Flu Vaccine: Hope for Future

Respiratory infections like Influenza and Pneumonia are particularly dangerous for children and the elderly, resulting in significant mortality every year. Because Influenza mutates continuously, it alters its appearance to the immune system by changing the proteins in its outer layer, the portion of the virus that the cells of the immune system use to recognize the virus. However, a few of these outer proteins do not change. Scientists are using these proteins to develop a multi-year vaccine with the hope of creating a universal Flu vaccine.

Newer and Easier Delivery Methods

In order to reduce inconvenience of an injection, needle- and pain-free vaccines are being developed. There are vaccines that can be given as a nasal spray or taken orally. A further breakthrough in new form of vaccine delivery is the vaccine patch. These can be self-administered and are convenient not only for those with a fear of needles, but also for mass distribution, especially in an outbreak control situation.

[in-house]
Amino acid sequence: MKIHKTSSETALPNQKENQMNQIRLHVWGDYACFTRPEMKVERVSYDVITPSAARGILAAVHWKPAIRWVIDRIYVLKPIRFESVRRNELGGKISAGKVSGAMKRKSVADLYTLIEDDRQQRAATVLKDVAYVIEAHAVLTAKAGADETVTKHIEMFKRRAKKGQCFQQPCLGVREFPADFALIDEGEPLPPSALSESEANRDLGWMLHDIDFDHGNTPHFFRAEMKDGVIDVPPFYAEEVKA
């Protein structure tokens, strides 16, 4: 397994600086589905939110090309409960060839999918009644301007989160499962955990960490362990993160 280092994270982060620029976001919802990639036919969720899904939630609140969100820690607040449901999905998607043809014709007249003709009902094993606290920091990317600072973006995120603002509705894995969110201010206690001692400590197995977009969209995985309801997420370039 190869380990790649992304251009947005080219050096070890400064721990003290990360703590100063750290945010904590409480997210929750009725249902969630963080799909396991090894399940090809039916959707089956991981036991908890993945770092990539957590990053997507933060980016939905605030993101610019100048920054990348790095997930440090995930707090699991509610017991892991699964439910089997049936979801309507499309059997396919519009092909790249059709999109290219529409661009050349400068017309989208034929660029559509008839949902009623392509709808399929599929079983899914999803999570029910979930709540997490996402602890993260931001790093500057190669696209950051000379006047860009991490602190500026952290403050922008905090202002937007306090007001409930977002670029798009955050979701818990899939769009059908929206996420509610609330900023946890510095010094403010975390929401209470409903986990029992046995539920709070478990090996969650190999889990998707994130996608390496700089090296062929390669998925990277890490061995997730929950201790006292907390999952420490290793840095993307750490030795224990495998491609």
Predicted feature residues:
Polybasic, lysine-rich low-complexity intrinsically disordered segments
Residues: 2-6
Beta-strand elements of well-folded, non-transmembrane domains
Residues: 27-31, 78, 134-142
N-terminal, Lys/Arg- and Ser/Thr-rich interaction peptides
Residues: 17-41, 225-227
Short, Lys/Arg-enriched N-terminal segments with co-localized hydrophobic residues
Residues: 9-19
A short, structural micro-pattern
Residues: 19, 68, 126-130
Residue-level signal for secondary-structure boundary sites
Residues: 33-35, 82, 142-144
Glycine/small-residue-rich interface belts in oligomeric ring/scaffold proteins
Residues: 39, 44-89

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Below are some of the recent advances in vaccine research that can have huge public health impact globally.

1. Dry powder Measles vaccine shows promise in early trials

Dry powder Measles vaccinations have proven to be safe for humans. The new form of vaccines will be easier to transport and administer compared to the current injectable vaccines.
(Photo : Glenn Asakawa / University of Colorado

A dry delivery measles vaccine has now completed successful phase I clinical trial. The study enrolled 60 adult males aged 18 to 45 years who were already seropositive for the measles antibody. Results showed no clinically relevant side effects. There was also evidence of a positive immune response to vaccination from the powder.